"Amanda got a little emotional," said Rackham, 24. "We realized that we are walking through towns, and if Sacagawea could do it through the wilderness … and all of the wonderful support we had been getting, we felt that maybe it was possible for us, too."
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Onyx Wolfric Rackham was born after almost a year on the road in Parma, Idaho. He came into the world April 19, weighing 6 pounds, 3.5 ounces.
"He's our biggest souvenir," Autrey said.
In 15 months, Autrey and Rackham covered 10 states from Tybee Island, Georgia, to Newport, Oregon, during what they called their "2918 Miles" journey. They had planned for four or five months.
The walk, which ended Monday, also served as an opportunity for the pair to raise $5,500 for suicide prevention and the Make-A-Wish Foundation.
They often dressed as characters from "Little Red Riding Hood" to grab attention, which helped them spread awareness and find places to stay.
Rackham said he had trouble keeping up with Autrey initially, but that changed in Missouri, where she kept asking to take a break. "In my head, I was like 'what the heck is going on?'" Rackham said. "She was in the first trimester."
After learning Autrey was pregnant, they walked fewer miles each day. They spent more time networking to find shelter. They packed more food, and because of pregnancy cravings — included more salty snacks. Autrey went to bed early while Rackham stayed up chatting with their host family.
"My biggest concern was, having never been pregnant before, how my body would handle growing a life and continuing the walk." Autrey said. "I knew that people sometimes would sometimes have miscarriages due to stress or exertion, and I was walking across America, not knowing, necessarily, where I was going to sleep that night. That was a whole other level of fear, knowing I had a little one on the way, a life that was mine to take care of."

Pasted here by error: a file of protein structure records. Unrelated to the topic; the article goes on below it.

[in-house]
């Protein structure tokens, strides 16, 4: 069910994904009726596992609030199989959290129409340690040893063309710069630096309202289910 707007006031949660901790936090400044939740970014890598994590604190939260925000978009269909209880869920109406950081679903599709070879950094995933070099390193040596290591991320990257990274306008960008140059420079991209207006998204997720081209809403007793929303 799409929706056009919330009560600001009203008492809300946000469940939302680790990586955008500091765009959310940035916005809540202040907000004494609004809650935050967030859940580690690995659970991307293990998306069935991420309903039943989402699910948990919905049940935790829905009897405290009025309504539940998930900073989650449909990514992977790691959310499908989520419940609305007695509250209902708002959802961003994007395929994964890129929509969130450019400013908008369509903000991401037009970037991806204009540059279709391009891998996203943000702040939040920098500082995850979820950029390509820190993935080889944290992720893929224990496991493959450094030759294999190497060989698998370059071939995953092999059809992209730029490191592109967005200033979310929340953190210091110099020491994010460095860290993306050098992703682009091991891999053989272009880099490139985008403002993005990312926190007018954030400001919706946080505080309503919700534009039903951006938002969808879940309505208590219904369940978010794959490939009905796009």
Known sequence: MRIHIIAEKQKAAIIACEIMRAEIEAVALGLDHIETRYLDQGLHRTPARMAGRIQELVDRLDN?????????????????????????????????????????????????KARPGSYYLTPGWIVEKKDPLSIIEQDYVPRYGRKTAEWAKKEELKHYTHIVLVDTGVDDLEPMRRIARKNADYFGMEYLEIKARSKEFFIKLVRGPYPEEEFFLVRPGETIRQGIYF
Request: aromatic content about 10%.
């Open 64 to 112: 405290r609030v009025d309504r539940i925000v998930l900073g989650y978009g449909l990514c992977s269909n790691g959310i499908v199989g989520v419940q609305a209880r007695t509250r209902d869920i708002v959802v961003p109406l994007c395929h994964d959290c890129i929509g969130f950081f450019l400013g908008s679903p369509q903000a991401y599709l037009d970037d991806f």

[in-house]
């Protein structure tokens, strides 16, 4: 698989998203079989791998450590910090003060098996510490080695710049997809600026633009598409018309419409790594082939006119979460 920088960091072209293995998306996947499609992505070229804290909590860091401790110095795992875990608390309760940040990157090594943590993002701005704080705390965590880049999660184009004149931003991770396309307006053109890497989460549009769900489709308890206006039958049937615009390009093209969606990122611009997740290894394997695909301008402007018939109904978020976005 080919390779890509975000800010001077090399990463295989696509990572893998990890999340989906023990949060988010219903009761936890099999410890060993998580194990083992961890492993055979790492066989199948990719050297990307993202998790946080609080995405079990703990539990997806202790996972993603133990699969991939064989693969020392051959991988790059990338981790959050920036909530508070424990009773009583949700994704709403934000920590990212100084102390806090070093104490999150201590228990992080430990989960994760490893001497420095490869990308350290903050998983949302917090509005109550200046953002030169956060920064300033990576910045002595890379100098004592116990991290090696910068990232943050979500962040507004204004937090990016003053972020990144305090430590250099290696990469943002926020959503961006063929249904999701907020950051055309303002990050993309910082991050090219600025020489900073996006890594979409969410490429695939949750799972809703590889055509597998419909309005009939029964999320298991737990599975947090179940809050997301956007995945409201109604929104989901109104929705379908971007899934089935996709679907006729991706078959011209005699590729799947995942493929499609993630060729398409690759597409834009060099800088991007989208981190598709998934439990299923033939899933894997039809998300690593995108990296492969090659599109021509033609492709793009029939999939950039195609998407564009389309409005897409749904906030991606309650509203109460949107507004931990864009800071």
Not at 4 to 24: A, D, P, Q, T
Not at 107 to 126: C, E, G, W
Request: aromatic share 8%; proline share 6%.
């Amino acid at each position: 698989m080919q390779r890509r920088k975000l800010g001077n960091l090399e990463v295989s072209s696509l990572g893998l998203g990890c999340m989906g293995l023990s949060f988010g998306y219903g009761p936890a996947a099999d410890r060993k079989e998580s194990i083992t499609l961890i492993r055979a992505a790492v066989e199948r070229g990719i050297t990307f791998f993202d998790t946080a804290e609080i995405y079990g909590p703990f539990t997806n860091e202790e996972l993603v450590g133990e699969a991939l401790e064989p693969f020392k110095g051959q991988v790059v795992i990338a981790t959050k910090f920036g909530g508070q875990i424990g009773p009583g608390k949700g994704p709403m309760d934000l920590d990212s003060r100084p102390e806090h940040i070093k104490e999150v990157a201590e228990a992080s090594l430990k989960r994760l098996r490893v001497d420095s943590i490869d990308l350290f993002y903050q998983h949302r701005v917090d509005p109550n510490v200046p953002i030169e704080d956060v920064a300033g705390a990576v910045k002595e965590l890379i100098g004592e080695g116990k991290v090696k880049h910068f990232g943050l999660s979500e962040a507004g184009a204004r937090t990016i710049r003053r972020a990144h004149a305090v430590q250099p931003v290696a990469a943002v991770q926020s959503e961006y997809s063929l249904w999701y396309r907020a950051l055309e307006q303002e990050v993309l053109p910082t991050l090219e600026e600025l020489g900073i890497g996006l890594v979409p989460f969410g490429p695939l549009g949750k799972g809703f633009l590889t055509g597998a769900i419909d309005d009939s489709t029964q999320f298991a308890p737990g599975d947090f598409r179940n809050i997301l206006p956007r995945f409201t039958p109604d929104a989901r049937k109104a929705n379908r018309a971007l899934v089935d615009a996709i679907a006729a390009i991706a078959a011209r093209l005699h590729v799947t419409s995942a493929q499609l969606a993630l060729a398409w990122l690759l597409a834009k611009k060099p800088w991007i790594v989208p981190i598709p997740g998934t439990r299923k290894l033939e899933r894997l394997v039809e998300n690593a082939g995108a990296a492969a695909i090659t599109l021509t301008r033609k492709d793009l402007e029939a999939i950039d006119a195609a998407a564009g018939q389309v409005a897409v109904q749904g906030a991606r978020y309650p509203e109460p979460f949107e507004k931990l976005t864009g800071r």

During the second trimester, Autrey had more energy, hardly any body pain and was able to walk further daily. "The biggest challenge was getting enough sleep, getting hydrated and getting food," she said.
They talked with midwives along the way and were prepared to have the baby at any moment — perhaps even near the roadside.
As luck would have it, they were staying with a retired midwife when Autrey gave birth.
It was "completely divine timing," Autrey said. "We were relieved there was someone there that knew more than we did. It was comforting."
They were "very conflicted" on whether to keep going after the birth. Instead of quitting, they rested for four nights. After all, Onyx is named after a "healing stone meant to overcome fear," Autrey said.
Along the way, the couple spoke at a few schools, met with Make-A-Wish kids and volunteered. They helped four families move. Autrey talked about suicide prevention and her struggles with suicidal thoughts.
One thing Onyx is sure to take away from the trip is a sense of adventure, Autrey said.
"He's going to want to explore, she said. "It is so much better for kids to be outside than inside."